Businessman helps crack rhino horn ring
A businessman ditched the boardroom yesterday to bust what appears to be an ivory and shark fin syndicate operating from an upmarket block of flats in Cape Town.
Searle Derman, owner of the luxury Aquila Private Game Reserve, called police to raid the apartment complex in Table View.
Shortly after about 9am, Melody de Andrade called Derman to tell him about a peculiar smell coming from a neighbouring garage.
De Andrade, who follows Derman's Saving Private Rhino initiative on Facebook, said: "I was called downstairs by my domestic worker because she smelled something burning and said there was a fire in the garage opposite us.
"Then I realised there was someone in the garage, but he kept shouting at us to go away. I thought something suspicious was going on so I called Searle." She told him the fumes smelled like burning hair.
Derman - who began the anti-rhino poaching initiative after two rhinos on his reserve were killed by poachers in August - said that when De Andrade phoned him he "flew out" of his Sea Point office and contacted the police.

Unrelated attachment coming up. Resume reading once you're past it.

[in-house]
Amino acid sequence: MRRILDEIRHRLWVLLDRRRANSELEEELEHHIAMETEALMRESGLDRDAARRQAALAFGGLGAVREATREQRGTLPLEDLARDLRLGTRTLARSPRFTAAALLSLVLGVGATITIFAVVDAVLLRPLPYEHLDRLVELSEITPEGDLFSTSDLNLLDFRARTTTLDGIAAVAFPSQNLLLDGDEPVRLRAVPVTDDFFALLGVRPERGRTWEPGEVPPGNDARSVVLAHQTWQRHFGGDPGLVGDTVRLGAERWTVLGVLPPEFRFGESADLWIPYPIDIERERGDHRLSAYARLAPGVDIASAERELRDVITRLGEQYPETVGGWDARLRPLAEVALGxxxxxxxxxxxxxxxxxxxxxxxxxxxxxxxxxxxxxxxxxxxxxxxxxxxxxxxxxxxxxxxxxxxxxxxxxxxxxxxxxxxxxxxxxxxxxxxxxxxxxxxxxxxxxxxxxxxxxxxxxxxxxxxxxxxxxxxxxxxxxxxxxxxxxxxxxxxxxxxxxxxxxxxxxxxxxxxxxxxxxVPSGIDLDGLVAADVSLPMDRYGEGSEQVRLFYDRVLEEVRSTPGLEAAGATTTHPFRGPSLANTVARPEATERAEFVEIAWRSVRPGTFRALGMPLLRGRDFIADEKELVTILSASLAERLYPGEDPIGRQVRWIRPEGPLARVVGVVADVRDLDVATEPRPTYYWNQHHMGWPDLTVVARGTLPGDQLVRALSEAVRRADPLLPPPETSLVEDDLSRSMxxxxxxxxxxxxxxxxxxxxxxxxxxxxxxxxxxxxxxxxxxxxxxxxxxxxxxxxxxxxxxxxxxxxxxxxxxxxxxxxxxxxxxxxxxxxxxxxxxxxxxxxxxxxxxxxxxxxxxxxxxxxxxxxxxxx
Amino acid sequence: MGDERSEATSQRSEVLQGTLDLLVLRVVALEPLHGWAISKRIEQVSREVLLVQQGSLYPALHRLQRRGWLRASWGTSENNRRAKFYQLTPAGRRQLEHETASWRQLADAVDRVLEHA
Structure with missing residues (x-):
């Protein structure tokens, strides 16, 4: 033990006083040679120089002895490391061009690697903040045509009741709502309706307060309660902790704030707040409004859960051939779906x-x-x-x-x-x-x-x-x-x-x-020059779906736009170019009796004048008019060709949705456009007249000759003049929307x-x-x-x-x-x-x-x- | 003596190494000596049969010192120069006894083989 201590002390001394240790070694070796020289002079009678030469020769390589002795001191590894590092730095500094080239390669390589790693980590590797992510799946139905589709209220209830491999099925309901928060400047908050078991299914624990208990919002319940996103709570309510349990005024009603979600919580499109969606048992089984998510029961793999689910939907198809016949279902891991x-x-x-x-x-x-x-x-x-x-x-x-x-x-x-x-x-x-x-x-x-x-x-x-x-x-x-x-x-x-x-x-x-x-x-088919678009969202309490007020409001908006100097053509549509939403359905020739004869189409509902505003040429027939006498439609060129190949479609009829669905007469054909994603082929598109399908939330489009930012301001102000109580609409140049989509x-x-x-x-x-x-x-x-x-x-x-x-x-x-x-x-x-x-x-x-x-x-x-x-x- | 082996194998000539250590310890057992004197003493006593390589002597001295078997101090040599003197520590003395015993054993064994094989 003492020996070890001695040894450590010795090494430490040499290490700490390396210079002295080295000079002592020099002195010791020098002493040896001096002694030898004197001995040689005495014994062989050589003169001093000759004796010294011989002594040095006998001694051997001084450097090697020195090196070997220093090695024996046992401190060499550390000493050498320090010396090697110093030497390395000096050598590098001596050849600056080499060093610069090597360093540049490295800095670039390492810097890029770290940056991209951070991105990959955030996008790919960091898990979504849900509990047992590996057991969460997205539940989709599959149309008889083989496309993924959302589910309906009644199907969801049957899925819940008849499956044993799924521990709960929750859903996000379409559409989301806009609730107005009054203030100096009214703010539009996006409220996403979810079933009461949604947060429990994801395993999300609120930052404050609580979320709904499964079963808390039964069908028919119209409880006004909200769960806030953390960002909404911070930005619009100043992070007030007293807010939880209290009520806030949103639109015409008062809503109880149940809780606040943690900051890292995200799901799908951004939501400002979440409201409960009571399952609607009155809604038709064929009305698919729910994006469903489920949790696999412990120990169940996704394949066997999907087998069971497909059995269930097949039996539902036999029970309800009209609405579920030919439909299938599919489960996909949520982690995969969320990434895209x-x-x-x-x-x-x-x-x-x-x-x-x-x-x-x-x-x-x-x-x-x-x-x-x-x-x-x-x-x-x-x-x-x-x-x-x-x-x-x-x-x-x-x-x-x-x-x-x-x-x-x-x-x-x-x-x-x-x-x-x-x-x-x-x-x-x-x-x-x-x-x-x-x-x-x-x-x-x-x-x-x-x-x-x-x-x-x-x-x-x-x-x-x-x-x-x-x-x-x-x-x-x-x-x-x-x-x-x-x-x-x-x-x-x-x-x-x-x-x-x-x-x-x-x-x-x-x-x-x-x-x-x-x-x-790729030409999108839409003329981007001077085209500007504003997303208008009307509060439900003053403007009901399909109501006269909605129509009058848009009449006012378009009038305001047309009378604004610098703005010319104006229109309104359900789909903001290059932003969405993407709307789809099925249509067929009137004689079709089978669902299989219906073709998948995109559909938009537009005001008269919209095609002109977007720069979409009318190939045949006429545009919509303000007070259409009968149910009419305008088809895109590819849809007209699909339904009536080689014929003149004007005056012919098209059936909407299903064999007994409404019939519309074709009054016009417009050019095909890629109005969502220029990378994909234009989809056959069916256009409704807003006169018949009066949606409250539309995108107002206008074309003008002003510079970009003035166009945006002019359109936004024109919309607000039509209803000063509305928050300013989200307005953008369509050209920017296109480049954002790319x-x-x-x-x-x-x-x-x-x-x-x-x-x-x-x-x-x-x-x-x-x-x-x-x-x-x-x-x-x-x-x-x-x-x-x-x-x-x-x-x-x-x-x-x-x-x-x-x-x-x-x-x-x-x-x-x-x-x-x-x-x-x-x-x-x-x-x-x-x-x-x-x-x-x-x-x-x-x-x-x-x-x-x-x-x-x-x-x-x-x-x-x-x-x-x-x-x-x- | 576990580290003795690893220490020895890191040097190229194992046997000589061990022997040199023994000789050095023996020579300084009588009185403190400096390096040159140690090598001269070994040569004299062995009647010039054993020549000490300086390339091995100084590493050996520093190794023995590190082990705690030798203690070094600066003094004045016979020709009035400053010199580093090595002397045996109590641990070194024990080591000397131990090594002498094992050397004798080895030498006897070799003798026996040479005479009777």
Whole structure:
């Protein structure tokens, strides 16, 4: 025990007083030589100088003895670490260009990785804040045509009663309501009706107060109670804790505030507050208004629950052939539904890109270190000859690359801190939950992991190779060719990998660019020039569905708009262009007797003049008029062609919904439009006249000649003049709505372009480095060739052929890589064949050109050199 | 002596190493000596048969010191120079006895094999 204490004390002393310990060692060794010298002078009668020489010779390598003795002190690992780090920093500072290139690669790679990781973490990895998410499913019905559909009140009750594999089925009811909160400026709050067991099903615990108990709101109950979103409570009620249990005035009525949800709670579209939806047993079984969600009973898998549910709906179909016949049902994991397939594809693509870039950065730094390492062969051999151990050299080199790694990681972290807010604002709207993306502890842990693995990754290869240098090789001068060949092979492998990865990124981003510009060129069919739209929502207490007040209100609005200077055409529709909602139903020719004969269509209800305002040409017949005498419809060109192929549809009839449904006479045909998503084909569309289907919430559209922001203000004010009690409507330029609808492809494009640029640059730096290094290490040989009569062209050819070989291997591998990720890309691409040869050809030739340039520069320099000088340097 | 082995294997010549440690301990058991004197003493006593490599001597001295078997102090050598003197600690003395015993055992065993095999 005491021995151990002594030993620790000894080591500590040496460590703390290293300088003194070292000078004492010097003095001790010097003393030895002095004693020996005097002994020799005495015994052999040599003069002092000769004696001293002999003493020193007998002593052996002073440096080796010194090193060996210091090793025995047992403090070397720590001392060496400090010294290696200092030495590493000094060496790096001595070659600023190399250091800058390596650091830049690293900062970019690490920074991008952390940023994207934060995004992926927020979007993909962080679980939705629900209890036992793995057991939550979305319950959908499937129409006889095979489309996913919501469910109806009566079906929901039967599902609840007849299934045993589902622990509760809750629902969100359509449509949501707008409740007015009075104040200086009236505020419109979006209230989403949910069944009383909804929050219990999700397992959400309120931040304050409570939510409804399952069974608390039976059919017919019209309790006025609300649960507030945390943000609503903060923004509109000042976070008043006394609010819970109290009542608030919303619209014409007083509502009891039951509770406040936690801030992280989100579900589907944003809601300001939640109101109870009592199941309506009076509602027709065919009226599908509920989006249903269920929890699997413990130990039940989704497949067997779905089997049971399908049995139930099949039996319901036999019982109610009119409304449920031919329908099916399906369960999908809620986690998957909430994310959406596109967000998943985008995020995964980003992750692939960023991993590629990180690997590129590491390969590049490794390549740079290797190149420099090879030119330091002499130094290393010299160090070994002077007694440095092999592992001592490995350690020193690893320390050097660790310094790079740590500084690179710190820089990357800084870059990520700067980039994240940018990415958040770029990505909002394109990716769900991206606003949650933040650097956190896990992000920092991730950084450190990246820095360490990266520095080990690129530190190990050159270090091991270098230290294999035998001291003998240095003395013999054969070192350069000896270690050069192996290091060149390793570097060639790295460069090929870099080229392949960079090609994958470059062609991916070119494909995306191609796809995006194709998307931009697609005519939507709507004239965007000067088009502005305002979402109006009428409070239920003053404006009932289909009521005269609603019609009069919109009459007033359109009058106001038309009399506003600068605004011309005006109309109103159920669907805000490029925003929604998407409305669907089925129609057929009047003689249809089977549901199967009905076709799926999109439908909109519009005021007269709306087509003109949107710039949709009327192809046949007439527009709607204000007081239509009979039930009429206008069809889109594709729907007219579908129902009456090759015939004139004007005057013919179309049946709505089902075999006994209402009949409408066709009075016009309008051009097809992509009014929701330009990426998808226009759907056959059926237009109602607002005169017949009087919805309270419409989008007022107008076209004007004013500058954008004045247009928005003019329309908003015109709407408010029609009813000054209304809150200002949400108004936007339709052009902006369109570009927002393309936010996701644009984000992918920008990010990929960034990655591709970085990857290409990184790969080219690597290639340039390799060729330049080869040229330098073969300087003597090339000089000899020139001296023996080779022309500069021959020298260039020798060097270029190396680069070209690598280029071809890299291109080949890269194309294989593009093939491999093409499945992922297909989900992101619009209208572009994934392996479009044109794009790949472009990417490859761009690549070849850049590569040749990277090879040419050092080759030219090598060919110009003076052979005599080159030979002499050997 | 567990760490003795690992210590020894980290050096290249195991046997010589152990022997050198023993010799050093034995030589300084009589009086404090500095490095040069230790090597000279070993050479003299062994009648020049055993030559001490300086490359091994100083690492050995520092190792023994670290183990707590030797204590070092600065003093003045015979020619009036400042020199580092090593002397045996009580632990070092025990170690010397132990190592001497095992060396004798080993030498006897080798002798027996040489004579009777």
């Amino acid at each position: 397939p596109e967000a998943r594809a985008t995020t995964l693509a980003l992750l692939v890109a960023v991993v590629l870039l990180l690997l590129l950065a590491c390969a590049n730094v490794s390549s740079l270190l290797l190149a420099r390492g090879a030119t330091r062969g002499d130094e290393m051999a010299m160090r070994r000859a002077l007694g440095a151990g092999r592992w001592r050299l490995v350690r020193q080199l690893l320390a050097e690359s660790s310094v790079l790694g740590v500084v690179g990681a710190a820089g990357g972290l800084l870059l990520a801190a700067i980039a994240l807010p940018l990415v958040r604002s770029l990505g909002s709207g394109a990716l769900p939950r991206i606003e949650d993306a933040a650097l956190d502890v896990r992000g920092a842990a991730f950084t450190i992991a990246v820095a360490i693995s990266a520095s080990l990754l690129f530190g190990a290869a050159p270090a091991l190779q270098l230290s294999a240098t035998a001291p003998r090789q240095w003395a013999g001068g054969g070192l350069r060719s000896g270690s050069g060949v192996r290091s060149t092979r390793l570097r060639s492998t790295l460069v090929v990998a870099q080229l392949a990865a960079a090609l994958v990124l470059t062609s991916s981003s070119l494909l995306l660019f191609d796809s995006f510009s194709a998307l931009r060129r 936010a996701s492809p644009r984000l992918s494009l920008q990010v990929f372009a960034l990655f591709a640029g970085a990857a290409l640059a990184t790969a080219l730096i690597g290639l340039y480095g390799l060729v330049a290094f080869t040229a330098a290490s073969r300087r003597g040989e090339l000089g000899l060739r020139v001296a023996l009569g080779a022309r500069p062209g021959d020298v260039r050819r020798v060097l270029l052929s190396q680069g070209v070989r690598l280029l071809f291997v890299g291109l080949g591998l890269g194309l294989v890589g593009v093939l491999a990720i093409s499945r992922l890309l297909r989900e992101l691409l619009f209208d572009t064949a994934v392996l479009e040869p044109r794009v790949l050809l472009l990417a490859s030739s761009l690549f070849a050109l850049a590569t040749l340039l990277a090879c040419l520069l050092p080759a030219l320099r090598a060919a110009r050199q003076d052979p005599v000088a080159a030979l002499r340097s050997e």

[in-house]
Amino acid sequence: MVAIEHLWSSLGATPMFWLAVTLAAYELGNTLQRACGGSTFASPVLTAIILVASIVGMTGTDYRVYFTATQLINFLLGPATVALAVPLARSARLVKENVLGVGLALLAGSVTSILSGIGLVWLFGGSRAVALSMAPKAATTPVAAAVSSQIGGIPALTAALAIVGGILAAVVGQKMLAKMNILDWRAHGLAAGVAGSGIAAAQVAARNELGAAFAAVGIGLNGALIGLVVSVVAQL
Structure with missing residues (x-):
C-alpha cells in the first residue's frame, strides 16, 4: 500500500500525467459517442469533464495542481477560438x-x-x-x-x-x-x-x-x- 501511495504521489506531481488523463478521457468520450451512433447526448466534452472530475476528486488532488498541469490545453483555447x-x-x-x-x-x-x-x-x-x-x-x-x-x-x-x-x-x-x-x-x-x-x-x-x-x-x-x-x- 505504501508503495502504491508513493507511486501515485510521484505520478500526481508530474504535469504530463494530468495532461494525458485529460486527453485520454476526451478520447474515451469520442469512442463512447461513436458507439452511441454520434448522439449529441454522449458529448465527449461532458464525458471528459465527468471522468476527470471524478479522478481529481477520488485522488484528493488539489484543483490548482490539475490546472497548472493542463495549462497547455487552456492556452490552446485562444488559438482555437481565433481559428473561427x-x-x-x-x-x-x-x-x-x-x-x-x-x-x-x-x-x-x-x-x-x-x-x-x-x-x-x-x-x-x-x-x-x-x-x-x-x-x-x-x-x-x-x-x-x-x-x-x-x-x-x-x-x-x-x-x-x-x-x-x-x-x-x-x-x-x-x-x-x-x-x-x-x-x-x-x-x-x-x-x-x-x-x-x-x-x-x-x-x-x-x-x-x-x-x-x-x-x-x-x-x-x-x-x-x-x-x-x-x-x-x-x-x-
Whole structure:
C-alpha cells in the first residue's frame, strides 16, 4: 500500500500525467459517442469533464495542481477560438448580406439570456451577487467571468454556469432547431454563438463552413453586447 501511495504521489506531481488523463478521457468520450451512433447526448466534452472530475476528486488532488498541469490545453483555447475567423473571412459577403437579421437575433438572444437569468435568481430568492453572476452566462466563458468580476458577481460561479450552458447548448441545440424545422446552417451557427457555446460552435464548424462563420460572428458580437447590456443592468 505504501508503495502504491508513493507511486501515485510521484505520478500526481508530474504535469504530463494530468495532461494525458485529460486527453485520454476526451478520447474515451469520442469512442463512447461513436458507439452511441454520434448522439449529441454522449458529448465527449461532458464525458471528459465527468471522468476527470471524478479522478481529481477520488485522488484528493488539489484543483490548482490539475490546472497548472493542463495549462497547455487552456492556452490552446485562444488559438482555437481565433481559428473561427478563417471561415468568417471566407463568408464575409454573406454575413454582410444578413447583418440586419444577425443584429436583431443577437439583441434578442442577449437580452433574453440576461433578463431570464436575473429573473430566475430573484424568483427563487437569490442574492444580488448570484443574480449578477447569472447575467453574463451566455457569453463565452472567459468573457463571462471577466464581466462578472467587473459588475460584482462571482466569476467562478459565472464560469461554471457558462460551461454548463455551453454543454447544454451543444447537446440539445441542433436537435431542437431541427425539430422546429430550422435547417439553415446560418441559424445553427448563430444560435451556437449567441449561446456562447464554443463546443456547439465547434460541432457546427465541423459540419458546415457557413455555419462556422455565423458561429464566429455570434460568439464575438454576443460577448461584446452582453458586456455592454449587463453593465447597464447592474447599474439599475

Police spokesman Captain FC van Wyk said they found a "large quantity" of ivory ornaments and jewellery and "portions of ivory tusks" in an 11th-floor apartment at De Andrade's building.
Officers removed 20 elephant tusks and shark fins from two garages.
Derman said they also found a white powdery substance that smelled like the burnt hair De Andrade had complained about.
In fact, Derman said, the whole building smelled so bad that residents had fled their homes.
"It seems as if the guys were grinding and carving pieces of ivory in the garage. They would then carry it to the apartment where they were also working."
De Andrade said at one stage she had managed to get inside the apartment the police were raiding.
"The [Chinese nationals] kept saying to me [the horns] are for their teeth and I said: 'Yeah right' and then later they said it is for their hair and I said: 'Make up your mind.'"
Two Chinese nationals, aged 41 and 52, were arrested.
By late yesterday afternoon police and other government agencies, including the SA Revenue Service, were still on the scene.
"It is terrible to look at the tusks. There is so much pain and suffering behind it all," said Derman. "A lot of the time these animals are still alive when their tusks are removed."